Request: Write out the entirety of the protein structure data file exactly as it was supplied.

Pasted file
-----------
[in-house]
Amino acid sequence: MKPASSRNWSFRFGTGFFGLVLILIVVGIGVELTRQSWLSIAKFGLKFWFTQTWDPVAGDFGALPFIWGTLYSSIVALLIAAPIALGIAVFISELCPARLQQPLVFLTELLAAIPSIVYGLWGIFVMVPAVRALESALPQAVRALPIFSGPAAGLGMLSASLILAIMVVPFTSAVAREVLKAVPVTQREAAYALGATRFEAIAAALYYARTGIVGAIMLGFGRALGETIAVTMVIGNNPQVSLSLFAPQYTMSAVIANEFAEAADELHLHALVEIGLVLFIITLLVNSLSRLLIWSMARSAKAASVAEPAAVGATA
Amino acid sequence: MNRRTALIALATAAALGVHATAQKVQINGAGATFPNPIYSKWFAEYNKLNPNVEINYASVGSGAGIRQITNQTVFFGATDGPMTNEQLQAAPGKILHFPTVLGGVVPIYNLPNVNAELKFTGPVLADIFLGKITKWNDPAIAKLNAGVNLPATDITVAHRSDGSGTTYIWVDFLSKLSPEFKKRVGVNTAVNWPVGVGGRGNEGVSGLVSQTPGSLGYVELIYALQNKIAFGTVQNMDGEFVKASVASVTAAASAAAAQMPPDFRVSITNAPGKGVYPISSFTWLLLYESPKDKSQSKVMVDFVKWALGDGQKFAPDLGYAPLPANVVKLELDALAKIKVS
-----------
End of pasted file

[in-house]
Amino acid sequence: MKPASSRNWSFRFGTGFFGLVLILIVVGIGVELTRQSWLSIAKFGLKFWFTQTWDPVAGDFGALPFIWGTLYSSIVALLIAAPIALGIAVFISELCPARLQQPLVFLTELLAAIPSIVYGLWGIFVMVPAVRALESALPQAVRALPIFSGPAAGLGMLSASLILAIMVVPFTSAVAREVLKAVPVTQREAAYALGATRFEAIAAALYYARTGIVGAIMLGFGRALGETIAVTMVIGNNPQVSLSLFAPQYTMSAVIANEFAEAADELHLHALVEIGLVLFIITLLVNSLSRLLIWSMARSAKAASVAEPAAVGATA
Amino acid sequence: MNRRTALIALATAAALGVHATAQKVQINGAGATFPNPIYSKWFAEYNKLNPNVEINYASVGSGAGIRQITNQTVFFGATDGPMTNEQLQAAPGKILHFPTVLGGVVPIYNLPNVNAELKFTGPVLADIFLGKITKWNDPAIAKLNAGVNLPATDITVAHRSDGSGTTYIWVDFLSKLSPEFKKRVGVNTAVNWPVGVGGRGNEGVSGLVSQTPGSLGYVELIYALQNKIAFGTVQNMDGEFVKASVASVTAAASAAAAQMPPDFRVSITNAPGKGVYPISSFTWLLLYESPKDKSQSKVMVDFVKWALGDGQKFAPDLGYAPLPANVVKLELDALAKIKVS